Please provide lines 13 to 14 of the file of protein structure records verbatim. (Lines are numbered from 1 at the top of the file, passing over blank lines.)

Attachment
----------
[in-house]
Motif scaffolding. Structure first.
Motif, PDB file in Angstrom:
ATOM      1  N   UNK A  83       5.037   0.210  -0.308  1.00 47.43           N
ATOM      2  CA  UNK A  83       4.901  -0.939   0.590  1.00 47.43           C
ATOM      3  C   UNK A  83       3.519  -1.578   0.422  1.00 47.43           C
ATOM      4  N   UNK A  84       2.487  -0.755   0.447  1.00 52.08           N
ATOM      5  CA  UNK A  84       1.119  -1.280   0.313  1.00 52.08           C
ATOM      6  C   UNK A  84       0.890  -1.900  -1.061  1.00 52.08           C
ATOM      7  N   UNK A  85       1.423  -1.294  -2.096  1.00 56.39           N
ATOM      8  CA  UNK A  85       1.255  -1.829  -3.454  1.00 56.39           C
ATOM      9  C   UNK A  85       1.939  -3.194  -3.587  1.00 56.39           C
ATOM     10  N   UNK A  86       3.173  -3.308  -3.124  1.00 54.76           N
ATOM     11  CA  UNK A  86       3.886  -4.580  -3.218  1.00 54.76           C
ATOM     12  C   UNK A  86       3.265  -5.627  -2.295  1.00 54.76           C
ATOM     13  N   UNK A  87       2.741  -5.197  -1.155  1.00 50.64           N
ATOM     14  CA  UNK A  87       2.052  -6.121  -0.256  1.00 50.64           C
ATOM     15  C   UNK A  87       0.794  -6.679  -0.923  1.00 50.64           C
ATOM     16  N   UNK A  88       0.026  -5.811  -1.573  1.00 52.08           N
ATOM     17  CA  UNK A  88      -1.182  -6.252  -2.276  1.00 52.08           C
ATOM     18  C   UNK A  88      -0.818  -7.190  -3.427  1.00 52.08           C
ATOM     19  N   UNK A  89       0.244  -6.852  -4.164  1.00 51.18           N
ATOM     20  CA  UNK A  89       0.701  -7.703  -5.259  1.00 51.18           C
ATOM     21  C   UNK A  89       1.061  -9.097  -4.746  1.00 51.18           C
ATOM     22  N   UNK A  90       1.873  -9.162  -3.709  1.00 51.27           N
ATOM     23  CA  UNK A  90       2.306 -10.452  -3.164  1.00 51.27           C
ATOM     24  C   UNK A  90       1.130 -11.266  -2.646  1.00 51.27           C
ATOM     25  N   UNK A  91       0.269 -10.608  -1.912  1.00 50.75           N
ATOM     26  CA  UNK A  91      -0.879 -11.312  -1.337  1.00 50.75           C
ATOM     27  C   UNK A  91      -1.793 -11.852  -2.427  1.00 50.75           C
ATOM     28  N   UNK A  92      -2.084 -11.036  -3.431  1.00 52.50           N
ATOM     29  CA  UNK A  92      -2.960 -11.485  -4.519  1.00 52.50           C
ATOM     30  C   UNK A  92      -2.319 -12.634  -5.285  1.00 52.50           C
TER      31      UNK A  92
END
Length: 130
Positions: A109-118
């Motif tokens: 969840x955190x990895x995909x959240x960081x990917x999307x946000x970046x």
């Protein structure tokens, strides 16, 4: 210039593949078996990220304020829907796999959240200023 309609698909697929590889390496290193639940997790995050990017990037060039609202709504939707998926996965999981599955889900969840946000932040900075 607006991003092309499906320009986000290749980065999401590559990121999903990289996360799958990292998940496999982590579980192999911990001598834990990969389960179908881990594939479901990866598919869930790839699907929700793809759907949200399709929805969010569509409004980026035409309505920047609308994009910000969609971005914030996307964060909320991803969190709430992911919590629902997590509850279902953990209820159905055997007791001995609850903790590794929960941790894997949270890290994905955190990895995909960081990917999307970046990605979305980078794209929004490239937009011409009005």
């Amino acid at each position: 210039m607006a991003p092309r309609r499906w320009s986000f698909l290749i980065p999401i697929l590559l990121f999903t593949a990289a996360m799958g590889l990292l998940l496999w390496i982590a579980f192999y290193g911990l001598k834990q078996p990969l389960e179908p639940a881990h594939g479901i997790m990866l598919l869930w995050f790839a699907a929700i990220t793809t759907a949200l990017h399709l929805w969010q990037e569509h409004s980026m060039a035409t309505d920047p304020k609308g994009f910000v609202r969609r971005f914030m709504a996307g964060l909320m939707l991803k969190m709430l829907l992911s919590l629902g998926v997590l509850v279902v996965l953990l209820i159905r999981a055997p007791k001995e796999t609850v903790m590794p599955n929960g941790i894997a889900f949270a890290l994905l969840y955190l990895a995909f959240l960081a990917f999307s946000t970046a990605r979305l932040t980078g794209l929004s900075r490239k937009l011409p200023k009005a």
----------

ATOM     10  N   UNK A  86       3.173  -3.308  -3.124  1.00 54.76           N
ATOM     11  CA  UNK A  86       3.886  -4.580  -3.218  1.00 54.76           C